I've been settling into being sober in what feels like a different way than I had in the past, and I want to write a little bit about it, because I'm surprised. The short version of all this is, nearly nine weeks into being sober this time, I'm doing well.
The first major difference I see is that I am more patient. It's not that I know what I'm doing with this getting sober gig. I just know that drinking stopped working, and my previous stints at getting sober both ended when I began to really dislike all the emphasis on self that the sober world seemed to require. I still don't like that emphasis. But I don't know what else to do, so I am trying some different things to see how they go.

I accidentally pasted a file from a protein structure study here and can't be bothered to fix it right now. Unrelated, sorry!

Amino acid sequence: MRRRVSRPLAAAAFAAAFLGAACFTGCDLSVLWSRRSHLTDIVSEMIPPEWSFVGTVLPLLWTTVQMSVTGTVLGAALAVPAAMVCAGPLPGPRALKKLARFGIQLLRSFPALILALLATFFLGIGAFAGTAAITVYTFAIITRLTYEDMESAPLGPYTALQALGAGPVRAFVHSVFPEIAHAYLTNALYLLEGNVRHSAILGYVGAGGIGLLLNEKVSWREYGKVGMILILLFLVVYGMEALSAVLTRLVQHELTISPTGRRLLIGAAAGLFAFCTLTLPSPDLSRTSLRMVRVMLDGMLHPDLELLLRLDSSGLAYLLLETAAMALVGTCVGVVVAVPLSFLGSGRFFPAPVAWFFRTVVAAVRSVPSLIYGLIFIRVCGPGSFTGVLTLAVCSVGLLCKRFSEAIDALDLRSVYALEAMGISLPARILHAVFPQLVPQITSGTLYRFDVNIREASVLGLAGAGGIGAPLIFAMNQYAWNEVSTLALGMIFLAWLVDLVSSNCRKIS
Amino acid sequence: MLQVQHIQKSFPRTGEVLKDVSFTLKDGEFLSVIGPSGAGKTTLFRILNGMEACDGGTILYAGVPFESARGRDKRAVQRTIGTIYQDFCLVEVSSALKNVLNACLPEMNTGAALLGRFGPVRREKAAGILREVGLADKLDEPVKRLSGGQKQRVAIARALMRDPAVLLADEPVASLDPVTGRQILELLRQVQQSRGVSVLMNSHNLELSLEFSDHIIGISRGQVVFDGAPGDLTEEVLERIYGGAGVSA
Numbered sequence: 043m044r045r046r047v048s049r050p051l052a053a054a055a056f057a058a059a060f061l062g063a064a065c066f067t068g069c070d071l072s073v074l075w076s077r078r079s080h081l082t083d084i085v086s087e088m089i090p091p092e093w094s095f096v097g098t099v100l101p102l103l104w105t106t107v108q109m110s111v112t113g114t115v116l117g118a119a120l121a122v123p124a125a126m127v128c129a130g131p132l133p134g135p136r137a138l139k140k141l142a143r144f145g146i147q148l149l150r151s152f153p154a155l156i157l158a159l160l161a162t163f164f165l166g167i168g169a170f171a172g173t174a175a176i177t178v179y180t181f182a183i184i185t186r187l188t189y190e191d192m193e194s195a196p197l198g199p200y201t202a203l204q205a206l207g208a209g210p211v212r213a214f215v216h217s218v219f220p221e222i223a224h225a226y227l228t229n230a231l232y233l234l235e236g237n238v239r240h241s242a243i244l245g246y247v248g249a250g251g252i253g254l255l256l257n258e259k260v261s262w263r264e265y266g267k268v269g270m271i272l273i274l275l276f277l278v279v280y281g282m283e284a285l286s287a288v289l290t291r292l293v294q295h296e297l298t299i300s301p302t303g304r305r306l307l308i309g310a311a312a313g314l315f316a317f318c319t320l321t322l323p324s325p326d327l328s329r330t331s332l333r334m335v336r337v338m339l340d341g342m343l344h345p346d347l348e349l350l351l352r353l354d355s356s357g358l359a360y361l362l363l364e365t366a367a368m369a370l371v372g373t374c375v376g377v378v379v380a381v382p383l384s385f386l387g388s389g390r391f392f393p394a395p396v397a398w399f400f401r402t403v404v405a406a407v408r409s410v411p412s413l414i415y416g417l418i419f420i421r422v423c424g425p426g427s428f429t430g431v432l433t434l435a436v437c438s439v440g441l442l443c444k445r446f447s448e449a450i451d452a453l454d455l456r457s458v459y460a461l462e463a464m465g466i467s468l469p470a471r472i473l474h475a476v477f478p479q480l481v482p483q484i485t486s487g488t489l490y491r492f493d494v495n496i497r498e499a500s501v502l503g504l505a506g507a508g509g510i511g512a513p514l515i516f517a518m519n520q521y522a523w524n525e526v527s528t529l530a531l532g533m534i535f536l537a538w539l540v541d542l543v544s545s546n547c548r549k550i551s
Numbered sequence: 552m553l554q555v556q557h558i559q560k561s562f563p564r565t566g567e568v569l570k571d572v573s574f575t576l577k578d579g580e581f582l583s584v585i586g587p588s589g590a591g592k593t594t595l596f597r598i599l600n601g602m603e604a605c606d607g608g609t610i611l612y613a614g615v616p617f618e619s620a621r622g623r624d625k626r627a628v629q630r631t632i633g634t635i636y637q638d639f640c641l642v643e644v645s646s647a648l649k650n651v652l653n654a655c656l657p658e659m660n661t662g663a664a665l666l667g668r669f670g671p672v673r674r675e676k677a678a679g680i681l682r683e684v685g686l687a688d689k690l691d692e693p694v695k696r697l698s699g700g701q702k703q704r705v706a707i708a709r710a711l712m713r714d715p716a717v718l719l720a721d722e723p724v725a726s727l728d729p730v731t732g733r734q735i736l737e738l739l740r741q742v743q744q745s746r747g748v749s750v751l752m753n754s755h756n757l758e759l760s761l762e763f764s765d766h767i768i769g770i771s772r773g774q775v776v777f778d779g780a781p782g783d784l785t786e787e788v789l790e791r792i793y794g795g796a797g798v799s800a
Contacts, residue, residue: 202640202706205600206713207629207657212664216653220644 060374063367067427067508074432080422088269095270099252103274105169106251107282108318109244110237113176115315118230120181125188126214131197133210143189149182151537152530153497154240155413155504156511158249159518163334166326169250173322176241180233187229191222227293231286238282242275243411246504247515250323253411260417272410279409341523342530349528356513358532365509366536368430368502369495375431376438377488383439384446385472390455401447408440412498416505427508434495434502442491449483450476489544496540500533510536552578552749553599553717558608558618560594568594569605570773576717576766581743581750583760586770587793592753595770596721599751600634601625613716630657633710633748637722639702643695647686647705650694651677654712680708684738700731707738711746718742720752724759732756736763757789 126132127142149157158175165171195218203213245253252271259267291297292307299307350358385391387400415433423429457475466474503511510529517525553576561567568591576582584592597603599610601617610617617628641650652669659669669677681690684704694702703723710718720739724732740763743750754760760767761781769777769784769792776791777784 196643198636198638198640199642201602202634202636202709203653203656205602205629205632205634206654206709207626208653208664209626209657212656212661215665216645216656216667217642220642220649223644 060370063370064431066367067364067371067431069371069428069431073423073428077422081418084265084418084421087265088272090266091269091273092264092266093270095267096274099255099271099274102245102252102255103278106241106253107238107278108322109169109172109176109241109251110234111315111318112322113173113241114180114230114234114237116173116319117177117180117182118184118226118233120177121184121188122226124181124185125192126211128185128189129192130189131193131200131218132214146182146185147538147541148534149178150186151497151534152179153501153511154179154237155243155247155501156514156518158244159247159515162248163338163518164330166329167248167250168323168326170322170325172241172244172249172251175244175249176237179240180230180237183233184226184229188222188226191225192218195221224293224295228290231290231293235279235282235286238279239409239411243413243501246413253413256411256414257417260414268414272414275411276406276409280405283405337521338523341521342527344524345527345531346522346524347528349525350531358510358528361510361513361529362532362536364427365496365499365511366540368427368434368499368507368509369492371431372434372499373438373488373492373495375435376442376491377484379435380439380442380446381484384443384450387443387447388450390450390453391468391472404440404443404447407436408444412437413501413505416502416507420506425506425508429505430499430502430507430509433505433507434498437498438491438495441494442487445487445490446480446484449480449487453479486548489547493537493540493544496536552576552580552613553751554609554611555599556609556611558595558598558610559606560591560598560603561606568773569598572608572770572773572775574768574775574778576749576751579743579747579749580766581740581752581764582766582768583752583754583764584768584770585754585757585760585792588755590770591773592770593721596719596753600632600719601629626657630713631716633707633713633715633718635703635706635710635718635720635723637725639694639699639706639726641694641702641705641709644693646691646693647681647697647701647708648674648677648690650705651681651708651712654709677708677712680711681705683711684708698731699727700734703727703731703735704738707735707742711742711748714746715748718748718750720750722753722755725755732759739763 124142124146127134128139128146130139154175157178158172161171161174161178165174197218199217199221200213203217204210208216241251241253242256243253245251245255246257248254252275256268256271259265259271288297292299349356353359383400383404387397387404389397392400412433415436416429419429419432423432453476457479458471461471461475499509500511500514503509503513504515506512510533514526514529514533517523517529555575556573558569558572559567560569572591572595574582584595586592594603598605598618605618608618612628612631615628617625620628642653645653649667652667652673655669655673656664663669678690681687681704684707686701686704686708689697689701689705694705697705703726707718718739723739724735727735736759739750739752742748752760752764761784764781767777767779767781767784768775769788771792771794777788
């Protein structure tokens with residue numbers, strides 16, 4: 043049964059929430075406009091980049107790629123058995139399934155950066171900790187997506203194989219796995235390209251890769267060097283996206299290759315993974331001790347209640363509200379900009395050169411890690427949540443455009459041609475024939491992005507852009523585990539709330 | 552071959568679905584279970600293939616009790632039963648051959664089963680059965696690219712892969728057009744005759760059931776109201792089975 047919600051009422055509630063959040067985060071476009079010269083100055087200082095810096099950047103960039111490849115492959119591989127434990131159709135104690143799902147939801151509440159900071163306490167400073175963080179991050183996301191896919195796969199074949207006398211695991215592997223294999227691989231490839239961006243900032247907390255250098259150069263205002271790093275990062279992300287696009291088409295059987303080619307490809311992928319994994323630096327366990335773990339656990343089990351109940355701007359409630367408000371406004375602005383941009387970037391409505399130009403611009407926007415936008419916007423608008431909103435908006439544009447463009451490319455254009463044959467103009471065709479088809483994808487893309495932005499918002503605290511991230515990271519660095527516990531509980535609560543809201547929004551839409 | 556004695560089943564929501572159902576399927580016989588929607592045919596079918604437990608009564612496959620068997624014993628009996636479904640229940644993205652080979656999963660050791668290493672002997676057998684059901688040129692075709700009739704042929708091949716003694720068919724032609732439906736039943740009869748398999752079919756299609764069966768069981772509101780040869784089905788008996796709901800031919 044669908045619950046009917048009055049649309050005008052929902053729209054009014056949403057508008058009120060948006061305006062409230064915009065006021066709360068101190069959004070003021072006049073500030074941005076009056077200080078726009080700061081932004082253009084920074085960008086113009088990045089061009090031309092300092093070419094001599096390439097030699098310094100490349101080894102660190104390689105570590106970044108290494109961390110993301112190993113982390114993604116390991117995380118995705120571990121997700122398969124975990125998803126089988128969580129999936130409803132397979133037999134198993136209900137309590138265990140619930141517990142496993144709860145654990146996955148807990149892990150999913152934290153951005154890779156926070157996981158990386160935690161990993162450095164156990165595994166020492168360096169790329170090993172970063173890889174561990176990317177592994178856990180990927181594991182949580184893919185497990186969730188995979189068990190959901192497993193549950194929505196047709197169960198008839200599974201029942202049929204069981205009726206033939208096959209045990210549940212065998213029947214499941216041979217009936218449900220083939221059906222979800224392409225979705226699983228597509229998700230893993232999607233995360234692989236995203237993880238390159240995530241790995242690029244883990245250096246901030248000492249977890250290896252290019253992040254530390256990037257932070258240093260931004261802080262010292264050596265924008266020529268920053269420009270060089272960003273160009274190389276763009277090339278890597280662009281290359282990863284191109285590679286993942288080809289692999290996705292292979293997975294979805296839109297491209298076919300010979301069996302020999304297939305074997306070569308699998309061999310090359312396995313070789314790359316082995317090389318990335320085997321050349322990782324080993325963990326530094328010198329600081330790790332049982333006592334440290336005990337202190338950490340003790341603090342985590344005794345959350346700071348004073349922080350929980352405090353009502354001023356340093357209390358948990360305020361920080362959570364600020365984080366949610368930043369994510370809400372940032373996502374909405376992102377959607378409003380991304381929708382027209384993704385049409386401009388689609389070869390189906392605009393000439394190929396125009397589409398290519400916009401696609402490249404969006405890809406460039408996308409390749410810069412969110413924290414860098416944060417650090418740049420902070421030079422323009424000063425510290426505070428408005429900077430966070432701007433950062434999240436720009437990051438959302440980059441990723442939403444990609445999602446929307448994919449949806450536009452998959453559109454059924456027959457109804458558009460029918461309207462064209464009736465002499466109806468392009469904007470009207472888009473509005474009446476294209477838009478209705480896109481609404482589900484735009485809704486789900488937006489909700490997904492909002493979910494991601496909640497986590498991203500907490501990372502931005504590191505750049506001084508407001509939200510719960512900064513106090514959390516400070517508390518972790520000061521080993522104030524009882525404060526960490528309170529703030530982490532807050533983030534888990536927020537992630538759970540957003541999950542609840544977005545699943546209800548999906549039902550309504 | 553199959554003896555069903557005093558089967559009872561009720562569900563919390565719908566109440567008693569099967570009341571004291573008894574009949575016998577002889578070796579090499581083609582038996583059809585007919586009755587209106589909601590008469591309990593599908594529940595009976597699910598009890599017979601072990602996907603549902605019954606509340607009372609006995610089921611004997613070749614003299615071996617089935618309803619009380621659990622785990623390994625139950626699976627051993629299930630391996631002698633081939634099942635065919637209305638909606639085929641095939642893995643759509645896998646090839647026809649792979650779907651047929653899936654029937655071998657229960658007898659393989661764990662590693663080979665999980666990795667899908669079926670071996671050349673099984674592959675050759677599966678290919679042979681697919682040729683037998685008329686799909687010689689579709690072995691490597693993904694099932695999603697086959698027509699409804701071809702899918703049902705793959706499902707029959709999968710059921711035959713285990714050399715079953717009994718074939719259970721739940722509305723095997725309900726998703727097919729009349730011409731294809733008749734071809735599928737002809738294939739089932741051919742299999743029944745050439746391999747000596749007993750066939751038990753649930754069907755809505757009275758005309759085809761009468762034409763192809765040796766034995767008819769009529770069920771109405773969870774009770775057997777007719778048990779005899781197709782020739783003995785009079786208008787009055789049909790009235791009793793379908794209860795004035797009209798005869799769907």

One thing that's sort of different is that I have started to go to meetings. I did this a few times before, so it's not exactly new, but I'm trying again. And that's where the patience comes in. I go just to sit and listen to what people say. I don't ask myself to plunge in and make new friends or get a sponsor or even talk to anyone most of the time. (I have, to date this time around, spoken to one person, briefly. It was OK.) I have to confess, I have been a little bitter about how meetings have gone in the past, and I still have some of that. People seem to know each other, and they smile and hug each other, and no one is actually all that friendly to me. I have a sense that if I burst into sobs and wailed, "someone help me," then someone would, but that's not going to happen, because it's just not how I am experiencing my need for help. It's not that I'm all that together, and I understand that in being vulnerable you have to give up something, but I simply don't know what it is I have to give up or do differently in order to make some of that famous connection with people in these places. The other day at a meeting, someone spoke about exactly that. He said he never did have that feeling of being part of some big thing when he came to meetings, and a lot of the language and practices left him somewhat alienated, and because of that he sort of thought it might never work out for him, that maybe he was never going to recover, or maybe he didn't deserve to. But he kept going, and he said it was like a very slow educational process as opposed to a gigantic spiritual awakening. Eventually, though, he said he did slowly change, in a way that suited who he was and felt intellectually honest to him. Well that really spoke to me! I have been trying to trust that just sitting and listening and being patient is part of some process, even if I don't know what the process is or how it works.